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Foals discuss the “rich musical tapestry” of their seventh album

"We needed more voices in the room because the three of us are so well attuned to each other now"

By Nick Reilly

Foals pose for Rolling Stone
Foals (Picture: Press)

Foals have opened up on how their forthcoming seventh album will see them unveiling a “rich musical tapestry”.

The Oxford alt-rockers are in the final stretches of recording their next album, which has been previewed with the euphoric single ‘Wake Me Up’.

While the party-primed sound of that song is a world away from the doom-mongering themes of 2019’s ‘Everything Not Saved Will Be Lost Parts 1&2’, Foals frontman Yannis Philippakis explains that the new record will provide one of their most vivid musical palettes to date.

Speaking in the second issue of Rolling Stone UK, Yannis says of the new album: “We’re almost finished, and just have a few more bits of mixing to do. Not all of the songs are as disco or new-wave as ‘Wake Me Up’, but they’re all upbeat, joyous, catchy tunes.

Adele on the cover of Rolling Stone UK
Adele on the cover of Rolling Stone UK

ve worked with John Hill (Florence + The Machine, Cage The Elephant), Dan Carey (Speedy Wunderground, Black Midi, Fontaines D.C.) and A.K. Paul. There’s been an interesting pen-pal aspect to the record, sending messages out in bottles to producers and then them all coming back to us — like an exquisite corpse situation. Hopefully it’s made a much richer tapestry, and maybe we needed more voices in the room because the three of us are so well attuned to each other now.”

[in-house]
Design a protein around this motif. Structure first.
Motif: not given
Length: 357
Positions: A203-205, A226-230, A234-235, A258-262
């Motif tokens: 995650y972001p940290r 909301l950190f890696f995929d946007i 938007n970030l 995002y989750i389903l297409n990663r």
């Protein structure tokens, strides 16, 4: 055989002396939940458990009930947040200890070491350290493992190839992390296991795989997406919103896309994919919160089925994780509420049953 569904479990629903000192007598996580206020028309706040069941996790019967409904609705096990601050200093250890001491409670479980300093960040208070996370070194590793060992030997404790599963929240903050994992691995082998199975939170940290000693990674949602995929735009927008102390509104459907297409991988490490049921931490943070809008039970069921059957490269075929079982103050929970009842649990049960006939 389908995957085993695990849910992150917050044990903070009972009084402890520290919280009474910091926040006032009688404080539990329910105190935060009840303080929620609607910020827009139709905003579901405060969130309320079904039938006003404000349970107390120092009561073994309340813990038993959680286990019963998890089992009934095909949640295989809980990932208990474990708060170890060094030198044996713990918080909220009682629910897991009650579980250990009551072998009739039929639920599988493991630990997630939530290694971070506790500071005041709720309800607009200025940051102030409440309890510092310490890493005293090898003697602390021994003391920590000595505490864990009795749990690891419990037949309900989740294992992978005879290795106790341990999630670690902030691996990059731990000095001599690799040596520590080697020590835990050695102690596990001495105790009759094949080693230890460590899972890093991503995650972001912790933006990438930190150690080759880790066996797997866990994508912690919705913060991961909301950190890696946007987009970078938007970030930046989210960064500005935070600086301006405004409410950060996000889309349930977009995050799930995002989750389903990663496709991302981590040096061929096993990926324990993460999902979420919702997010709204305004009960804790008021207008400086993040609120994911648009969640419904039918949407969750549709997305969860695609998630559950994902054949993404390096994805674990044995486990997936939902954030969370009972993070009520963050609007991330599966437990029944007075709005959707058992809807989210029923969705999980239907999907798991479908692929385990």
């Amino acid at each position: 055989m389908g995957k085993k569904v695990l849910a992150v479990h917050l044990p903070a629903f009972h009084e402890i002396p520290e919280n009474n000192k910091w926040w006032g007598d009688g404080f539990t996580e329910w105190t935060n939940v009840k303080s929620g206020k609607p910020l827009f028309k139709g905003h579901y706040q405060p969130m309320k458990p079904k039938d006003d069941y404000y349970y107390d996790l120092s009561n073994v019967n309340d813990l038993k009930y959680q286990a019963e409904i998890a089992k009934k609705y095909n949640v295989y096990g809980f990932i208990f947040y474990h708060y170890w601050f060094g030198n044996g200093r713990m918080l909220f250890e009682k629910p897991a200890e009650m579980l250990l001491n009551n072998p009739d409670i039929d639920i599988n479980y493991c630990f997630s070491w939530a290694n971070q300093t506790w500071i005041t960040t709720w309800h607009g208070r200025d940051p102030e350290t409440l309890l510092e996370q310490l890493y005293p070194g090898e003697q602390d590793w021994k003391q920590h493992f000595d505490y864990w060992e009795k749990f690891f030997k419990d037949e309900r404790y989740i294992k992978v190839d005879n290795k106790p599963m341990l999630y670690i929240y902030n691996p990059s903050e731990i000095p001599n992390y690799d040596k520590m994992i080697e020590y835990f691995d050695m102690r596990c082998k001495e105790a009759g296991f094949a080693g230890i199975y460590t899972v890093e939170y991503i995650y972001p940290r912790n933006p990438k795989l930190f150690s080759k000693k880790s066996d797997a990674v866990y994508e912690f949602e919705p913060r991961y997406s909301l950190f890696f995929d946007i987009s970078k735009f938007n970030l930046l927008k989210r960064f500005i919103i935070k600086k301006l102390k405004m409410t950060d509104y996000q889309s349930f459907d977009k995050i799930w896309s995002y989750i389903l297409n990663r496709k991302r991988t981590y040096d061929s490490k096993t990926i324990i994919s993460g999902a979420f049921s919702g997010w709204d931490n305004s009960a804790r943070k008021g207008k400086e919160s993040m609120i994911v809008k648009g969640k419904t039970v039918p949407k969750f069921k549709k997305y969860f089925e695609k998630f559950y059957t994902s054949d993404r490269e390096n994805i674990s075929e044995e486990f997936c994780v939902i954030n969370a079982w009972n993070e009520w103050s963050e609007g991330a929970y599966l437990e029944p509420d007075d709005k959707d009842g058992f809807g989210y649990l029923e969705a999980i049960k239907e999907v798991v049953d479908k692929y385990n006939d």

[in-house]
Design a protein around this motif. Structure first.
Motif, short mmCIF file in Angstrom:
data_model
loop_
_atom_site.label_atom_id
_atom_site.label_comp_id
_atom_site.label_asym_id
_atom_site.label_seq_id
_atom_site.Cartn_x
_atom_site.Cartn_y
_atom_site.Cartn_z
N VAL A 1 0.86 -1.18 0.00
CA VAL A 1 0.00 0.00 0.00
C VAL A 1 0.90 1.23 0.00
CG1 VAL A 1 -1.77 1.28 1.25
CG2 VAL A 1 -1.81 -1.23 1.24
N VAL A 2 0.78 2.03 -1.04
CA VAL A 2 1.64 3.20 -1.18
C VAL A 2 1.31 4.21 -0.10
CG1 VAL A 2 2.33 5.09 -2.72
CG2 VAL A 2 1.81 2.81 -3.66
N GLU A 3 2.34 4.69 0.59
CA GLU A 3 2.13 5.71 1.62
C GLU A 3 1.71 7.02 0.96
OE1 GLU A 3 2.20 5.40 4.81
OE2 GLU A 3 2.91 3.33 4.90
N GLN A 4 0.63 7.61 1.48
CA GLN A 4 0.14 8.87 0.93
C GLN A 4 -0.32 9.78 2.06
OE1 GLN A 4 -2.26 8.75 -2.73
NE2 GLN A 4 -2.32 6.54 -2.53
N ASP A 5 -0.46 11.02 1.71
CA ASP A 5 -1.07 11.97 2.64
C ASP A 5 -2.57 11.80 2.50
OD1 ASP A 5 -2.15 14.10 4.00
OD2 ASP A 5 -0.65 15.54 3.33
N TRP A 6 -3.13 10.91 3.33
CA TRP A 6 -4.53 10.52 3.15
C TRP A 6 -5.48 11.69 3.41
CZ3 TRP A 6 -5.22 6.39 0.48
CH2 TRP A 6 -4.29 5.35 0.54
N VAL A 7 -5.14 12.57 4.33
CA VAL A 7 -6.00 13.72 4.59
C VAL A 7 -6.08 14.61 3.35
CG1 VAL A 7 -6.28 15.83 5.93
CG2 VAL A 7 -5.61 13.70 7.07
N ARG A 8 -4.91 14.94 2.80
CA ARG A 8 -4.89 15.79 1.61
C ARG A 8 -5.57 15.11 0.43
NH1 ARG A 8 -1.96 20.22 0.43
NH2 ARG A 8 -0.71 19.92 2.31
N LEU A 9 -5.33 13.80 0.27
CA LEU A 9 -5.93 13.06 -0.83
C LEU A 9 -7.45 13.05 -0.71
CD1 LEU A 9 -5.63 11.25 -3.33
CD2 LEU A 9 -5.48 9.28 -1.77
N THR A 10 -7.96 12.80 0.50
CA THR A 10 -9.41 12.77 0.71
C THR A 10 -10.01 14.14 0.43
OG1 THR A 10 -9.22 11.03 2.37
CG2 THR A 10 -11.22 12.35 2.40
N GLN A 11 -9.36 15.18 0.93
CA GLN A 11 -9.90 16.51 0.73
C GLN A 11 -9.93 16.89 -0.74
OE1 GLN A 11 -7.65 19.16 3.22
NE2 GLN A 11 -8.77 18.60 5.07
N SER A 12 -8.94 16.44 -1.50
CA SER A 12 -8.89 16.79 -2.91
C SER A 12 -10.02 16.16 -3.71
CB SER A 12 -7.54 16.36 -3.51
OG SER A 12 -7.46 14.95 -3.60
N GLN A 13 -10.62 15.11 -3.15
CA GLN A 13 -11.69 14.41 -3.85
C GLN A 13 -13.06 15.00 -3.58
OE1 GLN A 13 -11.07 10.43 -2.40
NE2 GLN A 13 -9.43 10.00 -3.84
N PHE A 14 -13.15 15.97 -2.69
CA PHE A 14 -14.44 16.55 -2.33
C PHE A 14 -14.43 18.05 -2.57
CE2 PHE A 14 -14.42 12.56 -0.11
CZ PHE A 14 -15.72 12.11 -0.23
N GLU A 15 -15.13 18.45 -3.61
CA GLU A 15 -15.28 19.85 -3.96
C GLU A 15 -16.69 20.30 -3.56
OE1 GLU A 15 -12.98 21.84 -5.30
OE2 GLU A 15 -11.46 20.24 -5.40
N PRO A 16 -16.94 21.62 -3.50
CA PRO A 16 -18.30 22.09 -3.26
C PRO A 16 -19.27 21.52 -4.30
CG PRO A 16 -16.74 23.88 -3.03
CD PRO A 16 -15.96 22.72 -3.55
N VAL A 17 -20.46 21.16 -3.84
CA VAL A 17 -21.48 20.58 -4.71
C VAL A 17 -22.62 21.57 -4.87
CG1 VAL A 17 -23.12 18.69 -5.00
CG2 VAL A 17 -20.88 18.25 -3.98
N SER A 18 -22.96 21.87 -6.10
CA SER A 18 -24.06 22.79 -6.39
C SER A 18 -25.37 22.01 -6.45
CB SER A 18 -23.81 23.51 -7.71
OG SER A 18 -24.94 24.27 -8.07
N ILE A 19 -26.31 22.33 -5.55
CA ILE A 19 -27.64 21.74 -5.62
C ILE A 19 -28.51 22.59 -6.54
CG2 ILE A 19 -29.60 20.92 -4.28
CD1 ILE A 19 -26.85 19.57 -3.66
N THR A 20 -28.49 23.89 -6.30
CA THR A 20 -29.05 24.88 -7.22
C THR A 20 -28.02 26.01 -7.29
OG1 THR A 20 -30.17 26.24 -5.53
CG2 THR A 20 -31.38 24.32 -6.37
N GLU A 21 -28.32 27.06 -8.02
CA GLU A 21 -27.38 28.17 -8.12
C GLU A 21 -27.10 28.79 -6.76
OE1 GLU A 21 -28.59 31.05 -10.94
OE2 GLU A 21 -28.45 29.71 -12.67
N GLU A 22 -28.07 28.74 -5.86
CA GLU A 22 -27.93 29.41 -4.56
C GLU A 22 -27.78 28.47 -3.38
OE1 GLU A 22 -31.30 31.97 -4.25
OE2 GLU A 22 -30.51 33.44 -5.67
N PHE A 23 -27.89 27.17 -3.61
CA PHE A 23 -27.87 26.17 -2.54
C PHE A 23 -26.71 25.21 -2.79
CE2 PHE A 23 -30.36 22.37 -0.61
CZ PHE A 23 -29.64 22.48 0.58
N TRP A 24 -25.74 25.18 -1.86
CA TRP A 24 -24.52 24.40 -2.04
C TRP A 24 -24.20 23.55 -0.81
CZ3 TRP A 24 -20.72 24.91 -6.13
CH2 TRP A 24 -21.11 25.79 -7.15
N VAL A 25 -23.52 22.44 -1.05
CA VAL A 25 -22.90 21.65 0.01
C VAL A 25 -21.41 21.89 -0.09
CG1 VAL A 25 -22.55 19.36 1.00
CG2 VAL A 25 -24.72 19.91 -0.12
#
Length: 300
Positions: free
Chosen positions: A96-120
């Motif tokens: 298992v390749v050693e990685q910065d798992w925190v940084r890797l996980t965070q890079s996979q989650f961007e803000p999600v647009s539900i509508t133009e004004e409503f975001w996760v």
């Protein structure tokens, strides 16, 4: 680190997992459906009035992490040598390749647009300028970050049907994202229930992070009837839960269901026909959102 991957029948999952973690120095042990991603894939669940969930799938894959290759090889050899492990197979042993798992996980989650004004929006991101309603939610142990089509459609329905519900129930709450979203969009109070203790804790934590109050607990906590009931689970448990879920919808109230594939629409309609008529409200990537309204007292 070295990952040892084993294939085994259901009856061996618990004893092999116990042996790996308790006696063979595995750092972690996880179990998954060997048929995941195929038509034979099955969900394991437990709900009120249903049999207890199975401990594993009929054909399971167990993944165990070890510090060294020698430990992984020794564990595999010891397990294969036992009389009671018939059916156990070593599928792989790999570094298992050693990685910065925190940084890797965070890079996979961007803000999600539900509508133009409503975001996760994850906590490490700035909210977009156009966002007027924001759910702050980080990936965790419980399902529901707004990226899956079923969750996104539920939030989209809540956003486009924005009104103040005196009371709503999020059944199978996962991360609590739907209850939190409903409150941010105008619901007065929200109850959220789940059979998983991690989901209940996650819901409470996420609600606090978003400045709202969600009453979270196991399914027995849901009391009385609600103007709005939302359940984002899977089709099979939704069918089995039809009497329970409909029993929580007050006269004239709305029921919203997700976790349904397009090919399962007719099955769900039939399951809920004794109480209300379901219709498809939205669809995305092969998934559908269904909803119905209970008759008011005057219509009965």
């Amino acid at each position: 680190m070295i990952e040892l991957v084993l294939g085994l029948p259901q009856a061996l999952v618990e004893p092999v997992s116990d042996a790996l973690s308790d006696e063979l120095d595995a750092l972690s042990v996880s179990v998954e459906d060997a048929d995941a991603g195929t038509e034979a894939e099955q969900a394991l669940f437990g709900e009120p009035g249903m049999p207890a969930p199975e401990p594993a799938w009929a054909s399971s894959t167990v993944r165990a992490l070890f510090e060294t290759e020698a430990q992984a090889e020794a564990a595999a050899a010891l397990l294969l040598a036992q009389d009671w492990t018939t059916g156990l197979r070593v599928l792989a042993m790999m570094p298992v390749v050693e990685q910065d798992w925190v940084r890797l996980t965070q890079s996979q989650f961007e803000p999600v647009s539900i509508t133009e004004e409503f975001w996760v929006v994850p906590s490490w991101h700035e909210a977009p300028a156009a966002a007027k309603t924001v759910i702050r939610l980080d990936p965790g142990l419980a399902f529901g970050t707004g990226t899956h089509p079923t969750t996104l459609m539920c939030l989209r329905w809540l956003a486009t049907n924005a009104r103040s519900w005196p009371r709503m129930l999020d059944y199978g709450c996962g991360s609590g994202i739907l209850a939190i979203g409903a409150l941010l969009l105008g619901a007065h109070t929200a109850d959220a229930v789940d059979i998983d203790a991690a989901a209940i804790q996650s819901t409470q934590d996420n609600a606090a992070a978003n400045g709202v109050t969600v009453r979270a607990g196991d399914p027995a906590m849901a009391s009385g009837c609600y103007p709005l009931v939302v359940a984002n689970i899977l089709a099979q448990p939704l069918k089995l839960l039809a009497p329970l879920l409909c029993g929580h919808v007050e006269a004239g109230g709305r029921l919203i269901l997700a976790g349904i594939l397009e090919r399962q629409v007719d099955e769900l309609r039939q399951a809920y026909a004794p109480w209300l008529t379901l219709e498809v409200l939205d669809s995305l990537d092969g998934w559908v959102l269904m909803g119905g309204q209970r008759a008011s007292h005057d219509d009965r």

Elsewhere in our chat, Yannis also opens up on the departure of founding keyboardist Edwin Congreave – who left the group earlier this year to pursue a postgraduate degree in economics at Cambridge University.

“We knew right at the start,” he said of recording the album without Congreave.

” It had been on the cards for a while, and we thought that we’d do one more tour together, but it had come to a point, particularly with Covid, where we said to him, “Do you really want to write another record with us as a four-piece or shall we leave it in a good place?” Edwin had things he wanted to do, like studying and engaging with efforts against the climate crisis — very venerable things, which it’s hard to pick faults in. There’s no animosity, and I respect him a lot for leaving.”

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